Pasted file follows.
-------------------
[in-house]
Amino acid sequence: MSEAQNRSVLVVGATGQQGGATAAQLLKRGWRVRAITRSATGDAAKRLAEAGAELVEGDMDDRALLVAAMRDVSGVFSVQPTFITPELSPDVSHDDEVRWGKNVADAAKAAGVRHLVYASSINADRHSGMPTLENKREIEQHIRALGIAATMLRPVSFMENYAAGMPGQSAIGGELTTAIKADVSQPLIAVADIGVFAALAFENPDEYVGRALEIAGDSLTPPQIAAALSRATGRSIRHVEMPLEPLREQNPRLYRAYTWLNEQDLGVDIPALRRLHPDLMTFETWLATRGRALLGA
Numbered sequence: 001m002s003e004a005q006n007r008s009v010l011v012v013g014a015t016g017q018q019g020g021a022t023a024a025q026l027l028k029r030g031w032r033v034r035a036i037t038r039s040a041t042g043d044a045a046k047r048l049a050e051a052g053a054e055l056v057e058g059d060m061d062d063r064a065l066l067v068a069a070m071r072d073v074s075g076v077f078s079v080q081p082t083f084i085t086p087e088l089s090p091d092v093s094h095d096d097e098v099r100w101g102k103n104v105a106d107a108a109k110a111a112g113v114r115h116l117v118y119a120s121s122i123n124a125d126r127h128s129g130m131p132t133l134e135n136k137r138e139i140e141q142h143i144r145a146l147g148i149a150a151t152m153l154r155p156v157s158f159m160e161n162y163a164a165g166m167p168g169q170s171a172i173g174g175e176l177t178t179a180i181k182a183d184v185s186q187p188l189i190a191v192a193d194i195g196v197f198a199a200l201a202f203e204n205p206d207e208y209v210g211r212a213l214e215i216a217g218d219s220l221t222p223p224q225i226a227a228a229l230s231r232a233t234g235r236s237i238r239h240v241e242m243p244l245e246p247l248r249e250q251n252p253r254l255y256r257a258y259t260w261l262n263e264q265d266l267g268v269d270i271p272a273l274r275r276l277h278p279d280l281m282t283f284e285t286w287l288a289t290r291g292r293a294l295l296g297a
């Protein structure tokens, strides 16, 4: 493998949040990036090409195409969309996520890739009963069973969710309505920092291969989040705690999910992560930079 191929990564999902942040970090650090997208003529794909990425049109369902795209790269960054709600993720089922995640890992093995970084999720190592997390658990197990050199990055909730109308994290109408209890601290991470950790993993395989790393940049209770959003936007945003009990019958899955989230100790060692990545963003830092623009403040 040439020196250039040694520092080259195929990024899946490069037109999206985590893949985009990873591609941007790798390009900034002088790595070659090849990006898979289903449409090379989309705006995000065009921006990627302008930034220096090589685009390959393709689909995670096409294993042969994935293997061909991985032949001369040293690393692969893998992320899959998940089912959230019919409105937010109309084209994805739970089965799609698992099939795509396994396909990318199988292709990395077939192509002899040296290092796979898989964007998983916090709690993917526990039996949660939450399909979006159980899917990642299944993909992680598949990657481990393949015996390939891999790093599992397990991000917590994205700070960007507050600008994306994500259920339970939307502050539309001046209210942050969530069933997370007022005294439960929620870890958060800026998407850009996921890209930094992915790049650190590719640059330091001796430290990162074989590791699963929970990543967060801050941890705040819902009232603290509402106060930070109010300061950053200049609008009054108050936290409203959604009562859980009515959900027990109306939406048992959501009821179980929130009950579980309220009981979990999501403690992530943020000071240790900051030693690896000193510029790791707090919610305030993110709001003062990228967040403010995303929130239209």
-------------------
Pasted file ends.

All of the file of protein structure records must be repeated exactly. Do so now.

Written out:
[in-house]
Amino acid sequence: MSEAQNRSVLVVGATGQQGGATAAQLLKRGWRVRAITRSATGDAAKRLAEAGAELVEGDMDDRALLVAAMRDVSGVFSVQPTFITPELSPDVSHDDEVRWGKNVADAAKAAGVRHLVYASSINADRHSGMPTLENKREIEQHIRALGIAATMLRPVSFMENYAAGMPGQSAIGGELTTAIKADVSQPLIAVADIGVFAALAFENPDEYVGRALEIAGDSLTPPQIAAALSRATGRSIRHVEMPLEPLREQNPRLYRAYTWLNEQDLGVDIPALRRLHPDLMTFETWLATRGRALLGA
Numbered sequence: 001m002s003e004a005q006n007r008s009v010l011v012v013g014a015t016g017q018q019g020g021a022t023a024a025q026l027l028k029r030g031w032r033v034r035a036i037t038r039s040a041t042g043d044a045a046k047r048l049a050e051a052g053a054e055l056v057e058g059d060m061d062d063r064a065l066l067v068a069a070m071r072d073v074s075g076v077f078s079v080q081p082t083f084i085t086p087e088l089s090p091d092v093s094h095d096d097e098v099r100w101g102k103n104v105a106d107a108a109k110a111a112g113v114r115h116l117v118y119a120s121s122i123n124a125d126r127h128s129g130m131p132t133l134e135n136k137r138e139i140e141q142h143i144r145a146l147g148i149a150a151t152m153l154r155p156v157s158f159m160e161n162y163a164a165g166m167p168g169q170s171a172i173g174g175e176l177t178t179a180i181k182a183d184v185s186q187p188l189i190a191v192a193d194i195g196v197f198a199a200l201a202f203e204n205p206d207e208y209v210g211r212a213l214e215i216a217g218d219s220l221t222p223p224q225i226a227a228a229l230s231r232a233t234g235r236s237i238r239h240v241e242m243p244l245e246p247l248r249e250q251n252p253r254l255y256r257a258y259t260w261l262n263e264q265d266l267g268v269d270i271p272a273l274r275r276l277h278p279d280l281m282t283f284e285t286w287l288a289t290r291g292r293a294l295l296g297a
């Protein structure tokens, strides 16, 4: 493998949040990036090409195409969309996520890739009963069973969710309505920092291969989040705690999910992560930079 191929990564999902942040970090650090997208003529794909990425049109369902795209790269960054709600993720089922995640890992093995970084999720190592997390658990197990050199990055909730109308994290109408209890601290991470950790993993395989790393940049209770959003936007945003009990019958899955989230100790060692990545963003830092623009403040 040439020196250039040694520092080259195929990024899946490069037109999206985590893949985009990873591609941007790798390009900034002088790595070659090849990006898979289903449409090379989309705006995000065009921006990627302008930034220096090589685009390959393709689909995670096409294993042969994935293997061909991985032949001369040293690393692969893998992320899959998940089912959230019919409105937010109309084209994805739970089965799609698992099939795509396994396909990318199988292709990395077939192509002899040296290092796979898989964007998983916090709690993917526990039996949660939450399909979006159980899917990642299944993909992680598949990657481990393949015996390939891999790093599992397990991000917590994205700070960007507050600008994306994500259920339970939307502050539309001046209210942050969530069933997370007022005294439960929620870890958060800026998407850009996921890209930094992915790049650190590719640059330091001796430290990162074989590791699963929970990543967060801050941890705040819902009232603290509402106060930070109010300061950053200049609008009054108050936290409203959604009562859980009515959900027990109306939406048992959501009821179980929130009950579980309220009981979990999501403690992530943020000071240790900051030693690896000193510029790791707090919610305030993110709001003062990228967040403010995303929130239209």